The senior Brucker kept the 1954 Oldsmobile F-88 for only six months before selling it to Leo Gephart, a classic car dealer in Phoenix, Arizona. Gephart paid $3,500 for the crates, and when he owned it, the Oldsmobile F-88 chassis arrived separately. The chassis, in fact, came with a Corvette Blue-Flame six-cylinder engine complete with three sidedraft carburetors.
Gephart also said that after he'd owned the 1954 Oldsmobile F-88 for a while, he traded it to an Oldsmobile dealer in Ohio for a brand-new GMC "dually" pickup. The dealer, whose name Gephart couldn't remember, intended to assemble the F-88 and use it to publicize his agency. This, though, didn't happen either, and the dealer soon sold the Oldsmobile F-88, with Gephart's help, to Ed Lucas, of FEL Classics in Troy, Michigan.
Lucas operates a restoration/sales facility and frequently participates in auto auctions. He's emceed a number of prestigious concours d'elegance, including Amelia Island and Meadow Brook. Lucas said he received the car as a rolling chassis with the fiberglass body set on it, but it hadn't been assembled or painted. The rest of the car came in crates.
The fiberglass body was complete when Lucas got it, but the doors, hood, and decklid were separate, and the main body section wasn't trimmed. Yet the Oldsmobile F-88 came with all its original hardware, plus an extra windshield -- plus, for some reason, an unchromed grille for the 1954 Oldsmobile Cutlass Motorama fastback coupe.
"There were almost enough parts to do two F-88's," Lucas said. "If you bought another chassis." Lucas said he did some of the assembly work, then traded the unfinished car back to Gephart for a collection of Duesenberg parts. Gephart went to Ed Lucas's shop in Michigan accompanied by Lon Krueger, a respected professional auto restorer who owns and operates Sun Valley Classics, in Tempe, Arizona.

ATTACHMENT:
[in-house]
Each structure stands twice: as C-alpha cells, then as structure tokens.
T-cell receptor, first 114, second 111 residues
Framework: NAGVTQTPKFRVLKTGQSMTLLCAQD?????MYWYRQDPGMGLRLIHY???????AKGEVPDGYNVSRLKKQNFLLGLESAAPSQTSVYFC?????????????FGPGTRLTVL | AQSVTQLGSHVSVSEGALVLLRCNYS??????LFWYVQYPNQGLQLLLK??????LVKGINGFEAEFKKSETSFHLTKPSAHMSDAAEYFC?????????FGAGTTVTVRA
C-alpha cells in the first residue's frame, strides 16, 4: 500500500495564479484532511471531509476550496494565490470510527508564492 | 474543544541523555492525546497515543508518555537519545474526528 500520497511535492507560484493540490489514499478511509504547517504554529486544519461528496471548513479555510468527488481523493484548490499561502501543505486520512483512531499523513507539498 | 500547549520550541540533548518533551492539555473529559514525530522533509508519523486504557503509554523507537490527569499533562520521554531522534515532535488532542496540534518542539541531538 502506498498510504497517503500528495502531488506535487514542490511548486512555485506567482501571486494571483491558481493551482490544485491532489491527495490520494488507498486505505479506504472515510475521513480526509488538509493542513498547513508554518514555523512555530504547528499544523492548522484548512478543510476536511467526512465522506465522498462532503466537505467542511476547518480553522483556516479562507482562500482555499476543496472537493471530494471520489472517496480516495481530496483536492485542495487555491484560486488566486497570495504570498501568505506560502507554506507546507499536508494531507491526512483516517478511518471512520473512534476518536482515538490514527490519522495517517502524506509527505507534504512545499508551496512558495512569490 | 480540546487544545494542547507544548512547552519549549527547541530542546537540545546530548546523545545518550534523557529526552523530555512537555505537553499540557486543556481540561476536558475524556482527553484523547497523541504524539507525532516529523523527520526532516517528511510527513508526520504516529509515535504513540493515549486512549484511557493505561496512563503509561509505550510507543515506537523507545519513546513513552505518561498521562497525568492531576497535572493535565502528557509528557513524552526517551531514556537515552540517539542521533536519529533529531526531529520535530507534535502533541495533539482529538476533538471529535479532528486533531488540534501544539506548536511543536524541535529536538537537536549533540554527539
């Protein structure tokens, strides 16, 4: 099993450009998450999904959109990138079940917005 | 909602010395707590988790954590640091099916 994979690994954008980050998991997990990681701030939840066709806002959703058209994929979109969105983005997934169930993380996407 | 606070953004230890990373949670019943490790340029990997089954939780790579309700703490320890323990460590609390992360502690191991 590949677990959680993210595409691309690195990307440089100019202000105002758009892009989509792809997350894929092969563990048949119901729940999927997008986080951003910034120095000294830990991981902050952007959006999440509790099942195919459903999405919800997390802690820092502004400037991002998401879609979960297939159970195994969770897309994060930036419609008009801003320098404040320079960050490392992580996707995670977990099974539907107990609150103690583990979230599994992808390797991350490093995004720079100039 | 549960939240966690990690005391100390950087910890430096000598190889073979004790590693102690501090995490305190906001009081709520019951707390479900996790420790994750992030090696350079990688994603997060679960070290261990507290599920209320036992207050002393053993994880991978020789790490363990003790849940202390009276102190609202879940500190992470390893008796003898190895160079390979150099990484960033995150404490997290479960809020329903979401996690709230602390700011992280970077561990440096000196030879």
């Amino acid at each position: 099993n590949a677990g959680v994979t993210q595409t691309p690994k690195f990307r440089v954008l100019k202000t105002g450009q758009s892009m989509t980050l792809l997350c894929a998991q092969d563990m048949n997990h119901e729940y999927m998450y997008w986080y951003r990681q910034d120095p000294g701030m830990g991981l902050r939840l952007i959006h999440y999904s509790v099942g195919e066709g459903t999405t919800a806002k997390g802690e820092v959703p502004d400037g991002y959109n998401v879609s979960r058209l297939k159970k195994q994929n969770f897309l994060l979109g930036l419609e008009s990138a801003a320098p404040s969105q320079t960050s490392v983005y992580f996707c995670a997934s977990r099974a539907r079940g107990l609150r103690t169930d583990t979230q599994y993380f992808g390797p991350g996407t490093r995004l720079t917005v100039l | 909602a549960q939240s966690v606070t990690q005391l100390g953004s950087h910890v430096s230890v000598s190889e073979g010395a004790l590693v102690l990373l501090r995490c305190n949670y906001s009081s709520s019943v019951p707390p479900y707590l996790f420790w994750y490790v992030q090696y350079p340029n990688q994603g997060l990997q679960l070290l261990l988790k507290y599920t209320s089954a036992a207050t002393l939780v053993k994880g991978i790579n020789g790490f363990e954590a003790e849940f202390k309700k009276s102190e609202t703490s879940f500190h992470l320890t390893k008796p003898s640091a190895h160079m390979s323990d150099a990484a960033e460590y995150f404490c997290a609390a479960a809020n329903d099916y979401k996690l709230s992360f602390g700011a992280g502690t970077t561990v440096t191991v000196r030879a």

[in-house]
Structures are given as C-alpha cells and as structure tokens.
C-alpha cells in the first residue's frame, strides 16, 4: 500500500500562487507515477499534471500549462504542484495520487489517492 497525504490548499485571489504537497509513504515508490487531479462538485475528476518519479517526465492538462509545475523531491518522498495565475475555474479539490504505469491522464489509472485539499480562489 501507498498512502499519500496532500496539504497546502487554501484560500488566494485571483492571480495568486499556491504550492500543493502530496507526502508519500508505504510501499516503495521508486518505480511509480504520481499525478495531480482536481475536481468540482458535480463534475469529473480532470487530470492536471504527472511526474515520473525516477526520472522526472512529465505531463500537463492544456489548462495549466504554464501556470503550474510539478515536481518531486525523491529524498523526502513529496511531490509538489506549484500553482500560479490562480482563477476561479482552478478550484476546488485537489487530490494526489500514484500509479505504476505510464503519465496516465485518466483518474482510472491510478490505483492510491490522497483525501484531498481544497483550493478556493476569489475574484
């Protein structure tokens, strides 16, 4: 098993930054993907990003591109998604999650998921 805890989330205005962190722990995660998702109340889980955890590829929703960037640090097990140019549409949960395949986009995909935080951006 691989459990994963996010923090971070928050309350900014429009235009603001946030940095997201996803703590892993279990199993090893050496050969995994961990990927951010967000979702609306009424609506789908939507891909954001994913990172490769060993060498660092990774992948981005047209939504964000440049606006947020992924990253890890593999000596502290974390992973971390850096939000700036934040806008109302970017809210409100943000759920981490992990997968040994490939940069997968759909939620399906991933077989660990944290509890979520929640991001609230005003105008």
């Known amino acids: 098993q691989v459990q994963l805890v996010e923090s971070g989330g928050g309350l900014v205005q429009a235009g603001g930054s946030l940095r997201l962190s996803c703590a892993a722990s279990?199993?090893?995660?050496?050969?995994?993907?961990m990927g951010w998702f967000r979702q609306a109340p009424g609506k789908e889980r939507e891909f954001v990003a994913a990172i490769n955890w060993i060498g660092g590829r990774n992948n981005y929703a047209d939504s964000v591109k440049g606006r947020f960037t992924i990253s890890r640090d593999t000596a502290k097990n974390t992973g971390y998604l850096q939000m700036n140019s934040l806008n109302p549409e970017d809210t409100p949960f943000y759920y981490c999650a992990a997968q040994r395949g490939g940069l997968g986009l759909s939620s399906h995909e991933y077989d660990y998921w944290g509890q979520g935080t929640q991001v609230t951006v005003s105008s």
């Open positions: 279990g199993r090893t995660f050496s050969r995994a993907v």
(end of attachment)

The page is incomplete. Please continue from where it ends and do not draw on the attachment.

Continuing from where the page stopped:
Krueger recalls that this trip took place in 1980, and he remembers seeing the partially assembled 1954 Oldsmobile F-88, along with the crates, in Lucas's shop, but didn't think much about it at the time. After some time, Krueger got a call from Gephart. Gephart asked if he might be interested in purchasing the Oldsmobile F-88 so the car could finally be put together properly. Krueger pondered the offer and ultimately traded a car and cash for the 1954 Oldsmobile F-88.
"When I got the car, it was very complete," says Krueger. "There was very little missing. But the car had been all taken apart. A lot of the stuff, including blueprints and copies of the parts list. . . were inside the wooden crates." Some of the crates measured 2-1/2 x 2-1/2 x 8-1/2 feet, notes Krueger, and all were addressed to E.L. Cord. "I have the end plate off of one of those crates at home," he continues. "When I uncrated this stuff, none of these other previous owners . . . had ever taken anything out of the packing straw."
"Okay, so now I owned the car, and I stored it at my home in Scottsdale, unrestored, in my garage. It sat there for probably six or seven years. I didn't start working on the car until 1988. I brought it down to my shop here in Tempe and began to restore it."
Restoring the 1954 Oldsmobile F-88 wasn't going to be easy. Continue to the next section to read about how the cars seventh owner, Lon Kreuger, went about decoding the F-88's body parts.
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